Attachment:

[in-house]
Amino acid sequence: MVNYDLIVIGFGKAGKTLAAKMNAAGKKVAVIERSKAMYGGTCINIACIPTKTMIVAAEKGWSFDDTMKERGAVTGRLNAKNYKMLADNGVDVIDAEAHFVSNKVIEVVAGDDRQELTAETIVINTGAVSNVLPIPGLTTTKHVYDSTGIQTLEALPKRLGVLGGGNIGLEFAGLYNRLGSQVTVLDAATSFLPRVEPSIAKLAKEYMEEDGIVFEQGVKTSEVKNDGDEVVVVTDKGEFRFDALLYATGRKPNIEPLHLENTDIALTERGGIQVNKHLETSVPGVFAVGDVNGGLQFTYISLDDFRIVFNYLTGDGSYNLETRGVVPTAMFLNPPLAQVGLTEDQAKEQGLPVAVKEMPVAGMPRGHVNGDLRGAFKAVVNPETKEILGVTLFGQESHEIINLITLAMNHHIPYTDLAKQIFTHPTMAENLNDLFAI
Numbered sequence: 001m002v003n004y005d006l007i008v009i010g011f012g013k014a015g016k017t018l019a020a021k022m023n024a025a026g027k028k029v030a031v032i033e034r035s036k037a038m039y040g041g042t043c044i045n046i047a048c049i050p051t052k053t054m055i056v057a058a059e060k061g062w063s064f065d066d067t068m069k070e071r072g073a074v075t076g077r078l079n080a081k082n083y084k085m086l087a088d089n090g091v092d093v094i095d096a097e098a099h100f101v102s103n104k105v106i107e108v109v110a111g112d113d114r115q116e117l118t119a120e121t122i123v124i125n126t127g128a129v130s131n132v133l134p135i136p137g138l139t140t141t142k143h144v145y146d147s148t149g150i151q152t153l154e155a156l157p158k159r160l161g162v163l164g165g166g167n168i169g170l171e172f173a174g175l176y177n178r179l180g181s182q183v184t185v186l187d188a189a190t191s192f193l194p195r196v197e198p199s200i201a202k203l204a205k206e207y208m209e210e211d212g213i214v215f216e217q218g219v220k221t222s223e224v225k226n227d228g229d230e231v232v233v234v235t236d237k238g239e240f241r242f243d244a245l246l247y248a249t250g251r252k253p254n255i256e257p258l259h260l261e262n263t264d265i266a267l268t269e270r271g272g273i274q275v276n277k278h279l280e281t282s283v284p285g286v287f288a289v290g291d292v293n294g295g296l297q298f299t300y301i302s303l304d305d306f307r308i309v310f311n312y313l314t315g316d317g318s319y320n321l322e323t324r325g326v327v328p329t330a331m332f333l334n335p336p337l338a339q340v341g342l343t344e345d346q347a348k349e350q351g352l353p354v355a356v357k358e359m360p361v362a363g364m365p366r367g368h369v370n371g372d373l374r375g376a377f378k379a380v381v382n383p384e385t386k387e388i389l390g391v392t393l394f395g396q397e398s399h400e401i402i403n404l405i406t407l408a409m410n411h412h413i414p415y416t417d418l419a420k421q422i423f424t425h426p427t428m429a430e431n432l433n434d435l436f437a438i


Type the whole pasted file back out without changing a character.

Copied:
[in-house]
Amino acid sequence: MVNYDLIVIGFGKAGKTLAAKMNAAGKKVAVIERSKAMYGGTCINIACIPTKTMIVAAEKGWSFDDTMKERGAVTGRLNAKNYKMLADNGVDVIDAEAHFVSNKVIEVVAGDDRQELTAETIVINTGAVSNVLPIPGLTTTKHVYDSTGIQTLEALPKRLGVLGGGNIGLEFAGLYNRLGSQVTVLDAATSFLPRVEPSIAKLAKEYMEEDGIVFEQGVKTSEVKNDGDEVVVVTDKGEFRFDALLYATGRKPNIEPLHLENTDIALTERGGIQVNKHLETSVPGVFAVGDVNGGLQFTYISLDDFRIVFNYLTGDGSYNLETRGVVPTAMFLNPPLAQVGLTEDQAKEQGLPVAVKEMPVAGMPRGHVNGDLRGAFKAVVNPETKEILGVTLFGQESHEIINLITLAMNHHIPYTDLAKQIFTHPTMAENLNDLFAI
Numbered sequence: 001m002v003n004y005d006l007i008v009i010g011f012g013k014a015g016k017t018l019a020a021k022m023n024a025a026g027k028k029v030a031v032i033e034r035s036k037a038m039y040g041g042t043c044i045n046i047a048c049i050p051t052k053t054m055i056v057a058a059e060k061g062w063s064f065d066d067t068m069k070e071r072g073a074v075t076g077r078l079n080a081k082n083y084k085m086l087a088d089n090g091v092d093v094i095d096a097e098a099h100f101v102s103n104k105v106i107e108v109v110a111g112d113d114r115q116e117l118t119a120e121t122i123v124i125n126t127g128a129v130s131n132v133l134p135i136p137g138l139t140t141t142k143h144v145y146d147s148t149g150i151q152t153l154e155a156l157p158k159r160l161g162v163l164g165g166g167n168i169g170l171e172f173a174g175l176y177n178r179l180g181s182q183v184t185v186l187d188a189a190t191s192f193l194p195r196v197e198p199s200i201a202k203l204a205k206e207y208m209e210e211d212g213i214v215f216e217q218g219v220k221t222s223e224v225k226n227d228g229d230e231v232v233v234v235t236d237k238g239e240f241r242f243d244a245l246l247y248a249t250g251r252k253p254n255i256e257p258l259h260l261e262n263t264d265i266a267l268t269e270r271g272g273i274q275v276n277k278h279l280e281t282s283v284p285g286v287f288a289v290g291d292v293n294g295g296l297q298f299t300y301i302s303l304d305d306f307r308i309v310f311n312y313l314t315g316d317g318s319y320n321l322e323t324r325g326v327v328p329t330a331m332f333l334n335p336p337l338a339q340v341g342l343t344e345d346q347a348k349e350q351g352l353p354v355a356v357k358e359m360p361v362a363g364m365p366r367g368h369v370n371g372d373l374r375g376a377f378k379a380v381v382n383p384e385t386k387e388i389l390g391v392t393l394f395g396q397e398s399h400e401i402i403n404l405i406t407l408a409m410n411h412h413i414p415y416t417d418l419a420k421q422i423f424t425h426p427t428m429a430e431n432l433n434d435l436f437a438i